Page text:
The Association for Computing Machinery, working with an internal task force, has produced a guide for putting together virtual conferences, complete with a list of software options and resourcing strategies.
A lot of organizations are having to dip into the pool of virtual conferences for the first time. And as a result, they may feel a little lost about what to do.
Fortunately, a fellow association has a new tool to help. The Association for Computing Machinery recently released a guide, through its presidential task force, about best practices for setting up virtual conferences. Organized by ACM President Cherri M. Pancake, Virtual Conferences: A Guide to Best Practices aims to help organizers within the ACM community and beyond it to make sense of what may be a brand-new approach to organizing meetings for them.
“This report is designed for organizers who must grapple with quickly modifying the format of upcoming conferences or planning future events without relying on traditional face-to-face meetings,” Pancake said in a news release.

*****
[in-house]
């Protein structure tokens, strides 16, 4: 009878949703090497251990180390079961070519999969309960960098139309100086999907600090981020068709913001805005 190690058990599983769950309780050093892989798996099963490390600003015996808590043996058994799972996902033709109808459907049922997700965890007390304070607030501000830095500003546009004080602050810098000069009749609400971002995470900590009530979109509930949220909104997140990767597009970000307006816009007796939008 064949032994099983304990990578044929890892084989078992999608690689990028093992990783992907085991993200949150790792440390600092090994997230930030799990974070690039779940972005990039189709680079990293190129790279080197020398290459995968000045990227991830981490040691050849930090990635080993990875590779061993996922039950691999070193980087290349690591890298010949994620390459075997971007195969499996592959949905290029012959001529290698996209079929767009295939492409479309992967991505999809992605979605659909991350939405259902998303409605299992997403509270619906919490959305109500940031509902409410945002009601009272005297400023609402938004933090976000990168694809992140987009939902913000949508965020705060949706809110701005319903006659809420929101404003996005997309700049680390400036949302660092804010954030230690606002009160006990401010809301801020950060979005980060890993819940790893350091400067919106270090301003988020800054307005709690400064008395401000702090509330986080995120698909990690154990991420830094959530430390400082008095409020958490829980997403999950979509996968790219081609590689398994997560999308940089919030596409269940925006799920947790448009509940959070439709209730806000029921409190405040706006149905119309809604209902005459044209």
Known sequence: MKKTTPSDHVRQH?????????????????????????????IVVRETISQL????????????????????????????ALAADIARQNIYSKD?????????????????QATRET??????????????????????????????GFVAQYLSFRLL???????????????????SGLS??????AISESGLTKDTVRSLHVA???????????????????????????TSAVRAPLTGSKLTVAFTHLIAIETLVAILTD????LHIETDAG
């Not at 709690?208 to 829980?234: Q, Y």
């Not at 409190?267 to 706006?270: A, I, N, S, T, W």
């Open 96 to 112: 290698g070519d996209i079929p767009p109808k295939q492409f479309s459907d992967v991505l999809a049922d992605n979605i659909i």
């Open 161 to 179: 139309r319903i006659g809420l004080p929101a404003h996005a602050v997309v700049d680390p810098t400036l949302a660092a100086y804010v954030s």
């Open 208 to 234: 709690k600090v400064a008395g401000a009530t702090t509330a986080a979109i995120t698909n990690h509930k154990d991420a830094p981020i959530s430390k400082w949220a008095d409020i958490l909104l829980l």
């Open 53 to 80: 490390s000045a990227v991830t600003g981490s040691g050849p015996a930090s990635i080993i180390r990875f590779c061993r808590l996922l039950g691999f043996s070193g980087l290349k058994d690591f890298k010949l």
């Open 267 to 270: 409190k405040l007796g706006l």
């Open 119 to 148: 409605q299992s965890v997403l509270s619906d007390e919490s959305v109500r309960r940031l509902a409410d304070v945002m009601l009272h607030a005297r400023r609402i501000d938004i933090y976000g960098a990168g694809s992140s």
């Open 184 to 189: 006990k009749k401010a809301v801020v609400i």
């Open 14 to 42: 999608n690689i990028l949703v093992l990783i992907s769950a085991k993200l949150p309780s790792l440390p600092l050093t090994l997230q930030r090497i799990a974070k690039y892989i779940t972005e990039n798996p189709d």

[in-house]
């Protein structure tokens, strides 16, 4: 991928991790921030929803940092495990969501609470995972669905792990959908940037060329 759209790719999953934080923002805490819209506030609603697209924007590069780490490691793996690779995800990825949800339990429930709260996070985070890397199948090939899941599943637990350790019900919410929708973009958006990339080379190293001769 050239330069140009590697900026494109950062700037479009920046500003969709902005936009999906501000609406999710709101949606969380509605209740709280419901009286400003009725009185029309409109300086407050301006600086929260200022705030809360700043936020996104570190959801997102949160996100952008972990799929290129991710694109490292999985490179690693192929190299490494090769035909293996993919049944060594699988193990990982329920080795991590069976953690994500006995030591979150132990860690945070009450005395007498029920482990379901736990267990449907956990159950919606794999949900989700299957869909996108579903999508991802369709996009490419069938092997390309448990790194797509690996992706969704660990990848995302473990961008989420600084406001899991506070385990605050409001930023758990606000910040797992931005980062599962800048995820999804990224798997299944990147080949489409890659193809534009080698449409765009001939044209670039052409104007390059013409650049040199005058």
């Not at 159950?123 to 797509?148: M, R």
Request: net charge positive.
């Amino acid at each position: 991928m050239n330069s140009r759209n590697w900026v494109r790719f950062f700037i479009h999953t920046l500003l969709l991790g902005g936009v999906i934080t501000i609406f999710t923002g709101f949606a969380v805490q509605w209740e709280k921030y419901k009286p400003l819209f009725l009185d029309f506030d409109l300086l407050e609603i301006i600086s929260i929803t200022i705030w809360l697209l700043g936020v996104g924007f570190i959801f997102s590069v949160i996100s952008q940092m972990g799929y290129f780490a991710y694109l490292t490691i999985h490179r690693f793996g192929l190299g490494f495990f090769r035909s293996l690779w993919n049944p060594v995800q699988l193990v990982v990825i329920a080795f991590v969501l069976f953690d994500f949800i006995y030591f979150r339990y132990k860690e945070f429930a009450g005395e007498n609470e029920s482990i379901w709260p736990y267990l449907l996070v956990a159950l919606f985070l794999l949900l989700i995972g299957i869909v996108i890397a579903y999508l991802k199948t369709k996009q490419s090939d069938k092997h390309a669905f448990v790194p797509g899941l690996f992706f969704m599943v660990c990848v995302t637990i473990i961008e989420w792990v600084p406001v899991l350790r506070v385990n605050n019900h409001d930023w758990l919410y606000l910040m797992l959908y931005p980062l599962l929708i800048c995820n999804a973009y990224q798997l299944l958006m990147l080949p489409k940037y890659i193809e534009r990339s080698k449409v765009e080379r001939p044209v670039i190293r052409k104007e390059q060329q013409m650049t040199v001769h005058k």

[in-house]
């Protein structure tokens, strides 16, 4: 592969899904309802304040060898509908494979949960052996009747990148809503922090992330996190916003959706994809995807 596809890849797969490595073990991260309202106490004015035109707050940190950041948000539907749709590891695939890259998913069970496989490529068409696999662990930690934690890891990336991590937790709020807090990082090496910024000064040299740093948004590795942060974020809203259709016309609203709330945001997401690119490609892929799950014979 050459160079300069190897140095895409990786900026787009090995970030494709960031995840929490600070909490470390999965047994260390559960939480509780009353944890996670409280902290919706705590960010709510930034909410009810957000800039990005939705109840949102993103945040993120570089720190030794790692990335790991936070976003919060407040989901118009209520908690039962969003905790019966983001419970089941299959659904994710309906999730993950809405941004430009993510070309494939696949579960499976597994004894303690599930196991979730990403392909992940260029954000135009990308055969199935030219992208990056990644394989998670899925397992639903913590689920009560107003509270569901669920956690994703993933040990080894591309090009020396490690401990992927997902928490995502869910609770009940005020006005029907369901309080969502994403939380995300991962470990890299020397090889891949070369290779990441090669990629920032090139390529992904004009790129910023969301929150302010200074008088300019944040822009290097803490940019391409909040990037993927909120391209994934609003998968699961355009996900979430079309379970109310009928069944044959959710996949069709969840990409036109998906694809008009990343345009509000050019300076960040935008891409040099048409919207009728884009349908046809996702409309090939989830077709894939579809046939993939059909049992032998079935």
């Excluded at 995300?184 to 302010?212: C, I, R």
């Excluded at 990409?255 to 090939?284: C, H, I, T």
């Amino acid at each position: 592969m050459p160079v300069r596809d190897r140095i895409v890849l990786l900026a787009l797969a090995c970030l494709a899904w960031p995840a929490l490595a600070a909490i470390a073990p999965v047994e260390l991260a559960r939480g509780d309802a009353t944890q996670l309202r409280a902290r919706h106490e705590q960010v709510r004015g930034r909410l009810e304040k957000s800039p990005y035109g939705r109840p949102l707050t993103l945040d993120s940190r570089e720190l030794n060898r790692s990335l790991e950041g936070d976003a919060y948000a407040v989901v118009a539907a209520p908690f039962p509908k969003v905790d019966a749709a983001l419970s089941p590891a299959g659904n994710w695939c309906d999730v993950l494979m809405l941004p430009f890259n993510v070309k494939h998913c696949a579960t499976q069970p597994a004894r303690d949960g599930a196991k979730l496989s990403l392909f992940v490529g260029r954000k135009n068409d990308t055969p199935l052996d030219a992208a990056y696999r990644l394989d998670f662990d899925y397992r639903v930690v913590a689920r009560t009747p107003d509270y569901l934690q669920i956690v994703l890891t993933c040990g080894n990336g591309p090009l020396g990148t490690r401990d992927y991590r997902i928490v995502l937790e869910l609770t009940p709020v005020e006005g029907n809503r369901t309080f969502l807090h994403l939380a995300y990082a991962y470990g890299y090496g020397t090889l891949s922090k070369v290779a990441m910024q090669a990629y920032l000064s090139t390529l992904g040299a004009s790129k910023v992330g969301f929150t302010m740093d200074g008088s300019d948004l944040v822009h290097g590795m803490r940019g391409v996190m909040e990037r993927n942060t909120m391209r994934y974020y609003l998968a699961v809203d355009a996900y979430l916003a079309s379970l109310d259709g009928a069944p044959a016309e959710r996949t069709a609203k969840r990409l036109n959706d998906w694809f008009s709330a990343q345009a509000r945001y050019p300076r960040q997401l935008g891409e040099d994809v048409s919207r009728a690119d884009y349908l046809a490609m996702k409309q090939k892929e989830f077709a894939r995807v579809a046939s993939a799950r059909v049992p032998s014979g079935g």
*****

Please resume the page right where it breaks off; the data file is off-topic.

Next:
The report features a mix of practical advice (for example, managing events around time zones, or managing potential points of disruption) and an in-depth guide to the many types of software that may be needed to put on a successful event. The latter, which is available as a crowdsourced Google Doc, breaks down feature sets for software based on videoconferencing, livecasting, hosting, text-based interactions, virtual reality, and archival.
The document also highlights potential resource considerations that associations must be able to account for.
“A virtual conference is something like a live TV production,” the guide states. “As such, it needs real-time audio-visual support related to the live production of the events using the platforms mentioned above.”
In her comments, Pancake noted that those who worked on the report had existing experience with virtual events of all shapes and sizes.
“They developed a practical handbook that will be useful to newcomers and provide helpful pointers to those who already have some experience with virtual conferences,” she said in the release. “It is particularly timely given the COVID–19 situation. Our hope is that the report will also encourage conference organizers to think about reducing their reliance on face-to-face meetings in the future.”